I know that a lot of interpreted higher level languages like to abstract a lot of things and therefore cannot directly be compared with lower level constructs.

For example in some languages primitive values are implemented as references to value-objects. Most famously in Python.

When I learned programming, I was taught that primitives are simple values with a certain predefined size that get stored directly at an allocated memory address. I guess this is pretty much what happens in C/C++.

int a = 4; // put 4 directly at a memory location on the stack

Reading the specification of the JVM, it seems like they demand the same behavior.


A single local variable can hold a value of type boolean, byte, char, short, int, float, reference, or returnAddress. A pair of local variables can hold a value of type long or double.

Local variables are addressed by indexing. The index of the first local variable is zero. An integer is considered to be an index into the local variable array if and only if that integer is between zero and one less than the size of the local variable array.

A value of type long or type double occupies two consecutive local variables. Such a value may only be addressed using the lesser index. For example, a value of type double stored in the local variable array at index n actually occupies the local variables with indices n and n+1; however, the local variable at index n+1 cannot be loaded from. It can be stored into. However, doing so invalidates the contents of local variable n.

So this sounds very specific with little room to implement another way (for example as references to Java Value-Objects). Is this correct, or is this still up to the acutal implementation?

2 Answers 2


The very first sentence of the chapter you quoted, Chapter 2. The Structure of the Java Virtual Machine says [bold italic* emphasis mine]:

This document specifies an abstract machine. It does not describe any particular implementation of the Java Virtual Machine.

The next paragraph says:

To implement the Java Virtual Machine correctly, you need only be able to read the class file format and correctly perform the operations specified therein. Implementation details that are not part of the Java Virtual Machine's specification would unnecessarily constrain the creativity of implementors. For example, the memory layout of run-time data areas, the garbage-collection algorithm used, and any internal optimization of the Java Virtual Machine instructions (for example, translating them into machine code) are left to the discretion of the implementor.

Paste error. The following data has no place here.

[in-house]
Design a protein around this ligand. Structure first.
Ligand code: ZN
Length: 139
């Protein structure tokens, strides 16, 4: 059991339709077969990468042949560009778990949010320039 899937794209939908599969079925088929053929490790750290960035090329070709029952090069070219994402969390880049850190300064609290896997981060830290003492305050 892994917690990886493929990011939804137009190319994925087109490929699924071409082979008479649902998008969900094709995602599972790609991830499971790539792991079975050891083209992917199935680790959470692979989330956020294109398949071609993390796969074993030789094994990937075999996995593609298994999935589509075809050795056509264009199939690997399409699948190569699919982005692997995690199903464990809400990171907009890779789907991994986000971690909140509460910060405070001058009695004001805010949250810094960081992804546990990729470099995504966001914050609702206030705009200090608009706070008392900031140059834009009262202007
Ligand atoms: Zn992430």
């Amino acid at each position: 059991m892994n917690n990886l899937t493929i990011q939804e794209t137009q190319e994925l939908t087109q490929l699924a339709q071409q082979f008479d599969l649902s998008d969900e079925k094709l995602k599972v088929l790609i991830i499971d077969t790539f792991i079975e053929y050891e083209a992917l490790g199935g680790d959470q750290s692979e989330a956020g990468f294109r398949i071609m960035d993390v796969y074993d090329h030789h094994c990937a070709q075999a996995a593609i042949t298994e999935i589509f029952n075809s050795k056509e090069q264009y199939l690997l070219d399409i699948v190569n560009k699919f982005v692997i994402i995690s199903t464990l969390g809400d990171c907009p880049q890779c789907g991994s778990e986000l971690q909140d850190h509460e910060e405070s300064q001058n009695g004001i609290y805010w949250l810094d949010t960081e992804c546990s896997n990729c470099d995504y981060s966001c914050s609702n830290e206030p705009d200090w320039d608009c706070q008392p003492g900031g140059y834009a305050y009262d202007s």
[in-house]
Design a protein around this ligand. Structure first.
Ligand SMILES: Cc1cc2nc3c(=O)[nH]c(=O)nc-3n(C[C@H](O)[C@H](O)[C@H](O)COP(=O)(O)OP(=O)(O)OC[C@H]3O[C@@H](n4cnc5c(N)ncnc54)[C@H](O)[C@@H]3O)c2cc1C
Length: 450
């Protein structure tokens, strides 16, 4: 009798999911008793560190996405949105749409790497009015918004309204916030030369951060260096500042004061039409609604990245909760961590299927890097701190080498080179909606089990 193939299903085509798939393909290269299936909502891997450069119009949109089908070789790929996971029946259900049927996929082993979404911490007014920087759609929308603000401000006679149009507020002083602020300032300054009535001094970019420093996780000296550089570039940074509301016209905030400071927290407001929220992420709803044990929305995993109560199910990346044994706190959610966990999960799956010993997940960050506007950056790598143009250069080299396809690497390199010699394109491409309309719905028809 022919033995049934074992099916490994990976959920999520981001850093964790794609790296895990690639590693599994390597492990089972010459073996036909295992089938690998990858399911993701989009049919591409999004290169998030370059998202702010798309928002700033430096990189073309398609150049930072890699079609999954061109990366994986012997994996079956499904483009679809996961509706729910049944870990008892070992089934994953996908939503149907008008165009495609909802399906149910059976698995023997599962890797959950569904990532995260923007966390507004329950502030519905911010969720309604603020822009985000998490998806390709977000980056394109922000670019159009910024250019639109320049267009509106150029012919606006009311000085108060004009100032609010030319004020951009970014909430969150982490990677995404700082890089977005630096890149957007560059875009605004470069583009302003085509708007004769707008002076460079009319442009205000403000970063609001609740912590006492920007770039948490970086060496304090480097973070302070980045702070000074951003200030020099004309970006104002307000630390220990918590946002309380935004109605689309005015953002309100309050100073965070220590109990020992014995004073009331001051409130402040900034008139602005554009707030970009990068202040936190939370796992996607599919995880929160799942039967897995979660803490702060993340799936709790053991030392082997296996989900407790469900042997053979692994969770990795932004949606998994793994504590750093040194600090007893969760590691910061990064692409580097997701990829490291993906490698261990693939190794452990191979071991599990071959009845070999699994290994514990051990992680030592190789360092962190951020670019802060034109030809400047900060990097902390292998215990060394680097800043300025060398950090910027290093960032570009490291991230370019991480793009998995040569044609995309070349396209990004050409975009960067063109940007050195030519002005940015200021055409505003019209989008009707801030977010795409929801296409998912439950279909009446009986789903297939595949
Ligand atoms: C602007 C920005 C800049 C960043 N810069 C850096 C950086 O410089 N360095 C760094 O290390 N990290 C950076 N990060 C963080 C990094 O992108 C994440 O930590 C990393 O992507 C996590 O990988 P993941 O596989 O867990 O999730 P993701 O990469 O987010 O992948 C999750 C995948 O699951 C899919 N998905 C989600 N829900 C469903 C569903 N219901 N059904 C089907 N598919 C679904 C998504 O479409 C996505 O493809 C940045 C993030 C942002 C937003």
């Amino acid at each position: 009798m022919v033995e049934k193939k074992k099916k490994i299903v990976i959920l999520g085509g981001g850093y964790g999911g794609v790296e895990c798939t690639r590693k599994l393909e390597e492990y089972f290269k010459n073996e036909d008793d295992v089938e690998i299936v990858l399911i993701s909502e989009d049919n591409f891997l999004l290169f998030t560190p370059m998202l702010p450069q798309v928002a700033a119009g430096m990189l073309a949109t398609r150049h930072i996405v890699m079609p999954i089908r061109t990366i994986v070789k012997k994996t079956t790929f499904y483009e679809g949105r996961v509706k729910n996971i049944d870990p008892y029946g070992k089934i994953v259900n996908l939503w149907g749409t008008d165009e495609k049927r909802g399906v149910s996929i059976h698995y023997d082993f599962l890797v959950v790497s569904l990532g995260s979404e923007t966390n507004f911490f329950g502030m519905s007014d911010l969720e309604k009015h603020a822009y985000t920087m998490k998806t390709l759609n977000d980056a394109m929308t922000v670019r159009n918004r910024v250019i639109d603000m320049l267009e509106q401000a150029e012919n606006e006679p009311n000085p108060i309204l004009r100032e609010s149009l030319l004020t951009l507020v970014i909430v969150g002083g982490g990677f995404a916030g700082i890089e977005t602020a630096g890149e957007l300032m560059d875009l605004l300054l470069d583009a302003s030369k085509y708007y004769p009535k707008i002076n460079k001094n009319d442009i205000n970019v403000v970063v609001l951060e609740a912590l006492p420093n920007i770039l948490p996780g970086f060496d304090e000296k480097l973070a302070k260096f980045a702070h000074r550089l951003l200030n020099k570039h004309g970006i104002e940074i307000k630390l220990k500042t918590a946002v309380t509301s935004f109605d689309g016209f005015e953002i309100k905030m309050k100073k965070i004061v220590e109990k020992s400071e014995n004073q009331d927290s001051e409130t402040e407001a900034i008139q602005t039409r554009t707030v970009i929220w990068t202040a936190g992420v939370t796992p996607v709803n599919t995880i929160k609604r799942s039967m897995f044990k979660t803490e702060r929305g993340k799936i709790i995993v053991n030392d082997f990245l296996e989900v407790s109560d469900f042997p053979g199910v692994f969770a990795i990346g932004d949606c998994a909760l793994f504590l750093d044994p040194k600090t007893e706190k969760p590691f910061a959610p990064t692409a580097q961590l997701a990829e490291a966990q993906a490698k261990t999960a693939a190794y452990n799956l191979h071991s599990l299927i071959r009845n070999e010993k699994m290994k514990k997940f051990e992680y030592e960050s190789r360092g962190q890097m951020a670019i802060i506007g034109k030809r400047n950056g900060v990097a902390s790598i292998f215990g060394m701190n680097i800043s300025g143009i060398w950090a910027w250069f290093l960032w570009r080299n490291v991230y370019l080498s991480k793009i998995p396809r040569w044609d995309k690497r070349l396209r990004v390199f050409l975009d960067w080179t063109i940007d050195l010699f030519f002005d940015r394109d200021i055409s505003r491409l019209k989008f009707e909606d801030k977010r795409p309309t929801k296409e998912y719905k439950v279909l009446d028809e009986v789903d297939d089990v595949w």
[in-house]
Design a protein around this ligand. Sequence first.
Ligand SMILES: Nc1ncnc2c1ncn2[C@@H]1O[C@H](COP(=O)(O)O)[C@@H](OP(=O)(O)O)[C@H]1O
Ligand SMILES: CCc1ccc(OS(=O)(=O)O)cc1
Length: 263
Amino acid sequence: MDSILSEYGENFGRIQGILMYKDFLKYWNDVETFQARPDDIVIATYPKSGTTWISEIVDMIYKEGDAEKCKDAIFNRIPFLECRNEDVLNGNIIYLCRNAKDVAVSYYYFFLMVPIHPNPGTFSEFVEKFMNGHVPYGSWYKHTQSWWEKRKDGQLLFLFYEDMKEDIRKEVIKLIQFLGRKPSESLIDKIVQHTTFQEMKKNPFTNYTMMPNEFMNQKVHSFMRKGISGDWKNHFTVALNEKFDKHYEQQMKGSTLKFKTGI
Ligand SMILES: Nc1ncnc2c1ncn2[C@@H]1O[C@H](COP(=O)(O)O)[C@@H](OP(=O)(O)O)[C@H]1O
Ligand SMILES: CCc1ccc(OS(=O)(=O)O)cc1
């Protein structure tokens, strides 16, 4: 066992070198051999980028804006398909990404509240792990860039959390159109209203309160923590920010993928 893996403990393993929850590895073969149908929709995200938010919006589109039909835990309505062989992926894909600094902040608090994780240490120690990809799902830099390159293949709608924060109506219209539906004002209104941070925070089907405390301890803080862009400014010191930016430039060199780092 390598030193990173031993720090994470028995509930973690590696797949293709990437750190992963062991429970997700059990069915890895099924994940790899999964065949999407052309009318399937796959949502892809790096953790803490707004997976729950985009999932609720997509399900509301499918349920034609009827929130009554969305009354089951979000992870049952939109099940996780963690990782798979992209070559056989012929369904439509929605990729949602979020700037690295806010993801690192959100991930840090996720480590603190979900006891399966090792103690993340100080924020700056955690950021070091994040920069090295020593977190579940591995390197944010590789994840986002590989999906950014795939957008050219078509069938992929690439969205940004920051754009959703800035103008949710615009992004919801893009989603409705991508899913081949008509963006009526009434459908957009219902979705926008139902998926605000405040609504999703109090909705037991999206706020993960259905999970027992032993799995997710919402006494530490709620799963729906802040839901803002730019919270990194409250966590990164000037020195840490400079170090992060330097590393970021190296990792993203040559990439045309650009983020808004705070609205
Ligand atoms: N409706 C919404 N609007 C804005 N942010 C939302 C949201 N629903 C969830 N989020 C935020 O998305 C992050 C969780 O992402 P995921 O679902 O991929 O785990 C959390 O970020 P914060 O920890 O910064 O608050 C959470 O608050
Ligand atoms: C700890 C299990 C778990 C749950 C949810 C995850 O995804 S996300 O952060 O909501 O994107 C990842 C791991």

In the past, there were two projects implementing a JVM in Ruby, Ruva and Rava [GitHub]. I can say with 100% certainty that neither of those two implements the local variable array as a contiguous memory region of primitive values, for the simple reason that Ruby doesn't have primitive values nor does it allow you to access memory.

In general, programming language specifications expect implementors to follow an AS-IF rule: you can do whatever you want, as long as the result appears to be AS-IF you had implemented the algorithms and data structures of the specification verbatim. For example, the ECMAScript Language Specification contains many algorithms written in low-level step-by-step pseudo code that could be directly translated 1:1 into an implementation – but the spec does not require or even expect you to do that:

The specification often uses a numbered list to specify steps in an algorithm. These algorithms are used to precisely specify the required semantics of ECMAScript language constructs. The algorithms are not intended to imply the use of any specific implementation technique. In practice, there may be more efficient algorithms available to implement a given feature.

While I did not find a similar statement in the JVMS at first glance, this is a common thing for many language specifications. In the Java world, compliance with the specifications is demonstrated by passing the test suites from the Java Compatibility Kit (JCK), which only test externally visible behavior.

  • Thank you for that elaborate answer. So the specification gives you a model of what the language looks like. Programmers can act as if the language was implemented that way when writing code. But what is actually happening under the hood is a completely different story. Correct?
    – tweekz
    Commented Jan 19, 2023 at 19:55

In a language like Python, there is a lot of freedom in how to implement things like variable storage, because there is no expectation that compiled Python code can be executed with the runtime environment of a different Python implementation. That makes it possible for each implementation to make their own choices.

With the JVM, the situation is completely different. There it is the expectation that the output from any Java compiler, or any compiler that produces JVM bytecode for that matter, can be executed on any JVM implementation.

In order for that to be possible, the JVM specification must be rather strict in a number of areas to ensure the interoperability between compiler and JVM implementation.


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